Our very own DJ Anne McCue was recently quoted in a feature on how her show “Songs on the Wire” influences her work as a musician and songwriter: “For two hours every week, I’m listening to new music,” McCue says. “That’s been an incredibly inspiring experience. It’s really expanded my mind. That’s really helped with my creativity. You have to let go of the music business and just get back into the music.”
Little may our listeners know, Anne isn’t the only musician-DJ at WXNA. Read below to see how curating a radio show has informed the music-making of several of our DJs, and vice versa!
“I think, to a lot of musicians, listening and playing are almost inseparable. If you think of the most awful, confused, disjointed band you’ve ever seen, the foundation of their horribleness was probably a lack of listening. The act of listening, sometimes seen as mere fertilizer used to serve the playing / creation, is really the soil itself – at least half of the entire equation. If you are a musician, compare the flow states achieved when playing with a tight band where the synergy is palpable and powerful, and being absorbed into a beautiful record through headphones or what-have-you. They are not the same, but I think they’re intrinsically linked. If you’re not a musician, you actually are! Haha. Gotchya. At least if you’ve ever actually listened to music, you’re already most of the way there. For myself, combining the practice of listening with the communal nature of terrestrial radio broadcasting, makes for a ritual that directly informs and encourages good, perceptive performing. Come all, let’s listen deeply together!”
-DJ Trev of Our Golden Tones; making music as Trevor Nikrant and in Styrofoam Winos.
“The link between deejaying and creating music can be identified as mutual growth. All of us should strive to master our chosen craft and ideally we can link different creative endeavors to inform one another. For instance, if a musician is exploring a new genre that technically challenges them, why not explore similar music while deejaying on the radio? For a DJ it is important to allot time in the week to sit down, drop a needle on a record and listen to uncharted territory. The unknown is the edge of understanding and future growth. As the student, if we only study what we know, then the creative in us has been sealed in a box, only to imitate our narrow scope of understanding. The next time a creative block obstructs our output, it may be time to listen to worlds and stories we do not know, because they may become our own.”
-DJ Brer Sunshine of The Black Gold Historical Society; making music as Brer Sunshine.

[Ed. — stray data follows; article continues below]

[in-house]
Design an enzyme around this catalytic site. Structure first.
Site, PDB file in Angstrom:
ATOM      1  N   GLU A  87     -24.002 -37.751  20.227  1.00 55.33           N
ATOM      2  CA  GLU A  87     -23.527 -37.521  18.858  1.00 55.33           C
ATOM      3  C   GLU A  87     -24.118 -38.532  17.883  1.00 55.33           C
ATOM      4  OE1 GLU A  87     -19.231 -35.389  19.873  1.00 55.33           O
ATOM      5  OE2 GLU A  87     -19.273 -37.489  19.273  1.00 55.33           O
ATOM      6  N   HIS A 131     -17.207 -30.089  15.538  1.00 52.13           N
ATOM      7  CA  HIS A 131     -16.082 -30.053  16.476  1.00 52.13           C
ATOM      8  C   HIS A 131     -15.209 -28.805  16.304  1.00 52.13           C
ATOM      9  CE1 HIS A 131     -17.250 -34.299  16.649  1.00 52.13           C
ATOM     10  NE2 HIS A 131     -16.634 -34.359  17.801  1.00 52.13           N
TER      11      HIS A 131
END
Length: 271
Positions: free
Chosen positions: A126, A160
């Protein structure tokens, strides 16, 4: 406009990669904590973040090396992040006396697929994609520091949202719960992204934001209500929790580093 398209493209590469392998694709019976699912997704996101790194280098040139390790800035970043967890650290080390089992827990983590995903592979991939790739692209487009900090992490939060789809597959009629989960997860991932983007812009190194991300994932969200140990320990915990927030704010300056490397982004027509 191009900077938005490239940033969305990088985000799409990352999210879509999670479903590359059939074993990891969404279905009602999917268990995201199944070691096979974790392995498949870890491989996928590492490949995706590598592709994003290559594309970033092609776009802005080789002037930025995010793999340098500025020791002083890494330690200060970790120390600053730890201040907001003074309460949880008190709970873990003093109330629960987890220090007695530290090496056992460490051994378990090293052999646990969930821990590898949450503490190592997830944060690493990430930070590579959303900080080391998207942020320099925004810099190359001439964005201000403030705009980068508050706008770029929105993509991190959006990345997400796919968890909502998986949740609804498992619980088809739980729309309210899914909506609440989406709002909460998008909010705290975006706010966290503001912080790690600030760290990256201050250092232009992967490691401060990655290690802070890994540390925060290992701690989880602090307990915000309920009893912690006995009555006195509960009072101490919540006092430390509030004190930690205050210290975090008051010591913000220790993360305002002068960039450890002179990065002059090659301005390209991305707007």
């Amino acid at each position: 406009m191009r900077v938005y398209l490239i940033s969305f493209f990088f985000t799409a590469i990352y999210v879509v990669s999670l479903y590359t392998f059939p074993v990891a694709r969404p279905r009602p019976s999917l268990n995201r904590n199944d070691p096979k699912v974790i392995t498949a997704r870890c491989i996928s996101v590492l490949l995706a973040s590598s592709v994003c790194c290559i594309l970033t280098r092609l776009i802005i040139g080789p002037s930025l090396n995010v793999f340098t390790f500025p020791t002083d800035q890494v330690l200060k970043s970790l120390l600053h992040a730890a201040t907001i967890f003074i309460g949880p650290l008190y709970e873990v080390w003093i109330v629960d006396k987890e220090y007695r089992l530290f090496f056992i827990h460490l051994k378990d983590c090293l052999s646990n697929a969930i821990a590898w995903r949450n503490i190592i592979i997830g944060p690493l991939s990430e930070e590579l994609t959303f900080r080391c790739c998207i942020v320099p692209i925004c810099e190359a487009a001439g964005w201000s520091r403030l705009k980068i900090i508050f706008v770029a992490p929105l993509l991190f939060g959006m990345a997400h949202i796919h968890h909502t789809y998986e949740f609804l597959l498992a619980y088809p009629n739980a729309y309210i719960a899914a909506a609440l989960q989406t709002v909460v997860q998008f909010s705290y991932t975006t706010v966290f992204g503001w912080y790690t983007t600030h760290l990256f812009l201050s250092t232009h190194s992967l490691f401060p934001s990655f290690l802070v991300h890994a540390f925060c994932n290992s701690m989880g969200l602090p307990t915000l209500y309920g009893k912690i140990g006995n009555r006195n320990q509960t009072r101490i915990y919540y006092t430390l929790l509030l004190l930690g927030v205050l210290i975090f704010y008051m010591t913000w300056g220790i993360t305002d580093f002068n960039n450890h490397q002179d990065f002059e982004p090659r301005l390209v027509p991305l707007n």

If you are a musician, how do you know when something is Done? Good? Decent? Listenable? Play it on the radio. The radio does not lie. The airwaves are more Democratic than the Bill of Rights. Is loud or just full of volume? Does it sound deep or bassy? Is it loud or dynamic? As a DJ, I’m flummoxed (flabbergasted) and surprised at how often records made by cool people under cool circumstances–impeccably dressed with excellent smelling hair tonic wearing never-seen-in-stores posh vines–will make records that do not hold up the thrilling prom-heard-round-the-block chaos that is The Kingsman’s “Louie, Louise,” the steel factory smoke of Bo Diddley’s “Pretty Thing,” or the shiny chrome of B.B. King’s “She’s Dynamite.”
– Paul Burch of Works Progress Radio Hour; making music as Paul Burch.
“When Shout, Sister, Shout! used to be late at night, I’d often leave a show I’d either played or attended and race on over to the station with a new record in hand from the merch table. I loved cueing up some brand new vinyl and trying to quickly track down a song I’d just heard over at Betty’s or wherever. Nothing seemed more appropriate for Nashville’s airwaves than an echo of her own shows, still hovering in the air. I think there is a natural overlap between performing and playing music on the radio in their real-time urgency, their inescapable live-ness, never existing in isolation or a vacuum, like how recording or writing can sometimes be. Curating a playlist helps me think about “flow”– the way songs can move in succession as almost a meta-song of its own, another art form altogether. Doing this helps me to consider “flow” in my own music– how I want to ease into the hour or so of programming, how I want to transition or pause, when to play a cover song, etc. Digging for radio gems also keeps me on my toes with listening to new stuff for inspiration and never drawing solely upon the same well of influences over and over again.”
-DJ LT of Shout, Sister, Shout!; making music as Lou Turner and in Styrofoam Winos.